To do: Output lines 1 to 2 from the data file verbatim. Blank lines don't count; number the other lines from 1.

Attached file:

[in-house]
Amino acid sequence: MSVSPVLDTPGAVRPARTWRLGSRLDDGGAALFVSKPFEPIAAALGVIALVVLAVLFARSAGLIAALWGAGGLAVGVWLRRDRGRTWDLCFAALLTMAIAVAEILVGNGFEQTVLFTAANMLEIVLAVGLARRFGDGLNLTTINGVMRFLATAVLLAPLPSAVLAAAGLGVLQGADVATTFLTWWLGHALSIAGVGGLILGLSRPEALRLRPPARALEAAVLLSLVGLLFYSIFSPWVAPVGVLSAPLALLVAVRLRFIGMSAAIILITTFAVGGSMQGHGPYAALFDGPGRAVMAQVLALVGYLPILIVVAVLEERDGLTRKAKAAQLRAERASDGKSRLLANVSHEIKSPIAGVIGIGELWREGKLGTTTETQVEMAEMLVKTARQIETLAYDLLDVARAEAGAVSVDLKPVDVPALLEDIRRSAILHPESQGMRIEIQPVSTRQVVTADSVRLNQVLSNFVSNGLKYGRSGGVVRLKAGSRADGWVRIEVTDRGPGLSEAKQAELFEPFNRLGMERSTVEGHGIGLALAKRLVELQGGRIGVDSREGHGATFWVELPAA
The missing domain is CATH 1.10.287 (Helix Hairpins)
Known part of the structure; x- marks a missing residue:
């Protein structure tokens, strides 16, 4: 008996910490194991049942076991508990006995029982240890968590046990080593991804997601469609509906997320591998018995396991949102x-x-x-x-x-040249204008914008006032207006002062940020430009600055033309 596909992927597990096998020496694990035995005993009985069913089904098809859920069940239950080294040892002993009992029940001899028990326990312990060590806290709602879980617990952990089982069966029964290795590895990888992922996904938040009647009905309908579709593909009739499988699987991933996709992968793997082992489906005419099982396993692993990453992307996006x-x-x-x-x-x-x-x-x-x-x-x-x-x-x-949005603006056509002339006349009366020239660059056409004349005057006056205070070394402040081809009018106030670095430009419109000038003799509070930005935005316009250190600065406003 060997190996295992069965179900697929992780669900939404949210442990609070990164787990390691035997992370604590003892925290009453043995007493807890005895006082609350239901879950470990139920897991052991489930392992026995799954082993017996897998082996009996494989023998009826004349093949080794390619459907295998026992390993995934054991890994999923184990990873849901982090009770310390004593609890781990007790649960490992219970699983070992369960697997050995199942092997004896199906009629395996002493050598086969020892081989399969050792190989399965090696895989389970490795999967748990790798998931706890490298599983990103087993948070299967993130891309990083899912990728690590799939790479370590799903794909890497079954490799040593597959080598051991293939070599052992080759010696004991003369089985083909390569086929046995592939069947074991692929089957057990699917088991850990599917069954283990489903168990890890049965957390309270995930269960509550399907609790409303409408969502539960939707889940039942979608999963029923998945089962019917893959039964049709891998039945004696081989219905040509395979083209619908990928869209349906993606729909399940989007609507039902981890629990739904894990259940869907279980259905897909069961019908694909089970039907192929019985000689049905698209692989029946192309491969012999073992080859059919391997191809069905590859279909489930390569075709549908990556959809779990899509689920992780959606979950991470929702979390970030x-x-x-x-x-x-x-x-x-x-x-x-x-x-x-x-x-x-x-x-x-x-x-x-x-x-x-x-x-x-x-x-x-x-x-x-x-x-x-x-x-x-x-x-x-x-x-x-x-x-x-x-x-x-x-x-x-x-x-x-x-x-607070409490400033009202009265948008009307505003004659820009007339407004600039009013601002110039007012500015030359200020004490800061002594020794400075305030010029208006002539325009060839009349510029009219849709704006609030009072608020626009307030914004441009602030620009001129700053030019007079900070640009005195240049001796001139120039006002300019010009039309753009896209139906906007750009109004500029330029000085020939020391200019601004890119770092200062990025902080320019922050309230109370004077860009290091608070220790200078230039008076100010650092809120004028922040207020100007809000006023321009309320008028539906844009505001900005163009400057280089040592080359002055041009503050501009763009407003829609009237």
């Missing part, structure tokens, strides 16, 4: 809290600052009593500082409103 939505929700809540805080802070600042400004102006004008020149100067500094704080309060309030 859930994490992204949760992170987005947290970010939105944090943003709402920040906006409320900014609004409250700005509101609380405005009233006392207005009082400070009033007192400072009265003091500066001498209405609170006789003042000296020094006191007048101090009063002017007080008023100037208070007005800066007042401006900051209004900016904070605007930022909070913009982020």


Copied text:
[in-house]
Amino acid sequence: MSVSPVLDTPGAVRPARTWRLGSRLDDGGAALFVSKPFEPIAAALGVIALVVLAVLFARSAGLIAALWGAGGLAVGVWLRRDRGRTWDLCFAALLTMAIAVAEILVGNGFEQTVLFTAANMLEIVLAVGLARRFGDGLNLTTINGVMRFLATAVLLAPLPSAVLAAAGLGVLQGADVATTFLTWWLGHALSIAGVGGLILGLSRPEALRLRPPARALEAAVLLSLVGLLFYSIFSPWVAPVGVLSAPLALLVAVRLRFIGMSAAIILITTFAVGGSMQGHGPYAALFDGPGRAVMAQVLALVGYLPILIVVAVLEERDGLTRKAKAAQLRAERASDGKSRLLANVSHEIKSPIAGVIGIGELWREGKLGTTTETQVEMAEMLVKTARQIETLAYDLLDVARAEAGAVSVDLKPVDVPALLEDIRRSAILHPESQGMRIEIQPVSTRQVVTADSVRLNQVLSNFVSNGLKYGRSGGVVRLKAGSRADGWVRIEVTDRGPGLSEAKQAELFEPFNRLGMERSTVEGHGIGLALAKRLVELQGGRIGVDSREGHGATFWVELPAA